THE EDITOR, Sir: WITH REGARD to the article published in The Gleaner on November 9, 2016, I, Dwayne Vaz, would like to shed some light on this matter. Based on the headline, ‘Committee rejects MP’s request to buy food for ceremony’, many would have assumed that I submitted a project to buy food for an opening ceremony. This was definitely not the case. Let me outline the facts:
1. A sports project for $1 million was submitted to the Constituency Development Fund (CDF). The project was declined by the CDF Parliamentary committee for two items, namely refreshments for opening ceremony at a cost of $18,800 and public address system for both opening and closing ceremony at a total cost of $30,000.00. Please note that these items take up less than five per cent (5%) of the total budget. Thus, to use such as a headline was very misleading and mischievous.
2. I was a constituency consultant from 2009 until I became member of parliament (MP). Every sports project I had submitted to the CDF then had the same two items: refreshments and PA system in the budget. No project had ever been rejected.
3. There is a sports project being implemented in the constituency as we speak. This project was submitted earlier this year for netball and domino competitions. This project also had the items of refreshments and PA system in the budget. It was approved and funds disbursed.
4. As a constituency consultant and now MP, I was never at any point made aware that items such as refreshments and PA systems were not to be included in the budget for projects.
5. Every constituency reports to a CDF officer, who goes through each project to ensure all is satisfactory before recommending it to the CDF parliamentary committee. This project in question was recommended by the CDF Officer.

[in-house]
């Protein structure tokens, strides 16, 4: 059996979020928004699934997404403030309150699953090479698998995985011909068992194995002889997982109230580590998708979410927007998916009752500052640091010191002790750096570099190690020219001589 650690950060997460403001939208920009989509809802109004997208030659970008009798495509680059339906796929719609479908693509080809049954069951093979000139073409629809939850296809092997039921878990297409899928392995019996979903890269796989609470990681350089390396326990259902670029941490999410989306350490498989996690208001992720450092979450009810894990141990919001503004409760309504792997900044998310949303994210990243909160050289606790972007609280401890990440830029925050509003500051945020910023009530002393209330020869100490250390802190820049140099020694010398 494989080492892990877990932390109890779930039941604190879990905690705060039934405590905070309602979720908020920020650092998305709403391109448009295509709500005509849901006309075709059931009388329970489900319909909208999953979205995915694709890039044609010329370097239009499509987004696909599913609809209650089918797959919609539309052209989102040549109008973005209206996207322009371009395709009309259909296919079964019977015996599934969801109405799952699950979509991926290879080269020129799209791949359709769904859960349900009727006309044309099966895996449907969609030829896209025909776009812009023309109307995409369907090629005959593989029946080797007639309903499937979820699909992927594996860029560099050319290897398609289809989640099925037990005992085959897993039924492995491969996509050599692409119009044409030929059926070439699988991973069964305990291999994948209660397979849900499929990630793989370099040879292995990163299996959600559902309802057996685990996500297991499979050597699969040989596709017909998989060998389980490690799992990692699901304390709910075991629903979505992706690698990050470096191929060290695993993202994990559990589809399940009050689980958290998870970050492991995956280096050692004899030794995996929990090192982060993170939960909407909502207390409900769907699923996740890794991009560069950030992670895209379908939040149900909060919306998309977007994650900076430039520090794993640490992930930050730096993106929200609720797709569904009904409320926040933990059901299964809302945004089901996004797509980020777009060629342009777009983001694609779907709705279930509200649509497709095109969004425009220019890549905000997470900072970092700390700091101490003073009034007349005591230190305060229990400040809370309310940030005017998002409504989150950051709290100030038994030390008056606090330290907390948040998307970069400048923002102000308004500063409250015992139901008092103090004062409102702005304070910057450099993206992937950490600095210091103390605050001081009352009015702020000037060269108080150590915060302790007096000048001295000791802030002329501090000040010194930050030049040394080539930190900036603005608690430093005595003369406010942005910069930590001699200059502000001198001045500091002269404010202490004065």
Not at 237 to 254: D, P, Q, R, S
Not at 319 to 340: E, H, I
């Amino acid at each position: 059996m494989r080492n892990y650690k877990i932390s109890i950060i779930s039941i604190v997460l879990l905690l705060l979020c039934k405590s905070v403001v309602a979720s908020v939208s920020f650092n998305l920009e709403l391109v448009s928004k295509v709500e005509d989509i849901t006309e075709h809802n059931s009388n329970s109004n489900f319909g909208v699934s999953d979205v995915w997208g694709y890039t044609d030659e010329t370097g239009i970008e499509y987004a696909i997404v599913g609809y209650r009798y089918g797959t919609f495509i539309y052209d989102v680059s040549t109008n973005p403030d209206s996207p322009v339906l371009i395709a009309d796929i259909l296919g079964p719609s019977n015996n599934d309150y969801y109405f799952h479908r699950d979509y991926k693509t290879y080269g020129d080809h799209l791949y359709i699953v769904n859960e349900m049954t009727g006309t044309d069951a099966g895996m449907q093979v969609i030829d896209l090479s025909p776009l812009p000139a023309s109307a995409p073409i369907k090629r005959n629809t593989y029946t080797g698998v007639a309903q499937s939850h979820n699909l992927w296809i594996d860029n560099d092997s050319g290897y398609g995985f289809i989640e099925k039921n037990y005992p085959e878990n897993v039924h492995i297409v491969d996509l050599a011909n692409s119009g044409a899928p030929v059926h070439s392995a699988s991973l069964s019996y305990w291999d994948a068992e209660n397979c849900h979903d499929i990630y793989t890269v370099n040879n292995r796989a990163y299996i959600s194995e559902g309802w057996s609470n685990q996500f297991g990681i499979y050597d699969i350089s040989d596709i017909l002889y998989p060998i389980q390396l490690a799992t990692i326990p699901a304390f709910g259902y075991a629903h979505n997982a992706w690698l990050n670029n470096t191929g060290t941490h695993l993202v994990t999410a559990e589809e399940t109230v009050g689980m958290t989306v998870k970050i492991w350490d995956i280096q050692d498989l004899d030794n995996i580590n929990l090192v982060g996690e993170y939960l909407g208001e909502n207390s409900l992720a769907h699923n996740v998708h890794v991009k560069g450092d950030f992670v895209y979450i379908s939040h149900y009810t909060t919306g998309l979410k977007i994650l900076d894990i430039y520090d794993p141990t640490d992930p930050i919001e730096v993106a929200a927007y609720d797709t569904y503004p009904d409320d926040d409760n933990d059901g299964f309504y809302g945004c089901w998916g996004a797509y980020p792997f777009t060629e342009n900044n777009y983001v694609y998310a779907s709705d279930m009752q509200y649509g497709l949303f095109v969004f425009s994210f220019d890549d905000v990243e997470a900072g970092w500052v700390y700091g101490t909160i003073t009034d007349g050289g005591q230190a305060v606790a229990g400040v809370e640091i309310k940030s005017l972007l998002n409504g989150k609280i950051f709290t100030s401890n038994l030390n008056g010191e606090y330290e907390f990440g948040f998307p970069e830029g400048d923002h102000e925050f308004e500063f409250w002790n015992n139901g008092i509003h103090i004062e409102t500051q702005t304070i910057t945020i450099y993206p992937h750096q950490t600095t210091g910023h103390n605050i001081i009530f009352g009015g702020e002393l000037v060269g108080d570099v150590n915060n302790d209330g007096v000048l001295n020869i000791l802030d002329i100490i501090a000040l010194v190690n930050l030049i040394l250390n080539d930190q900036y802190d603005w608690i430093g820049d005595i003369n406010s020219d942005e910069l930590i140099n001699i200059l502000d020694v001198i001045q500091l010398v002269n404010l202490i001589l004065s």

I must also state that the comments made by committee chairman Mr Warmington that was recorded in The Gleaner, and I quote, “Clubs should sell bottles to buy refreshments for guests.” This was unfortunate, distasteful and rude and must be retracted. This is a constituency competition where clubs are invited to participate, thus, it should not be the responsibility of clubs to provide refreshments for guests at an opening ceremony.
With the above-mentioned being said, I stand to declare that this article is pompously mischievous, blatantly misleading, and is a play of politics. I challenge The Gleaner to get information from the CDF on all sporting projects for all constituencies, review all budgets and then make a judgement. I guarantee that you will find many projects, then and now approved with those said items. Please be reminded that there should be no singling out circumstances for particular areas, whether it be special treatment or non-treatment. DWAYNE VAZ Member of Parliament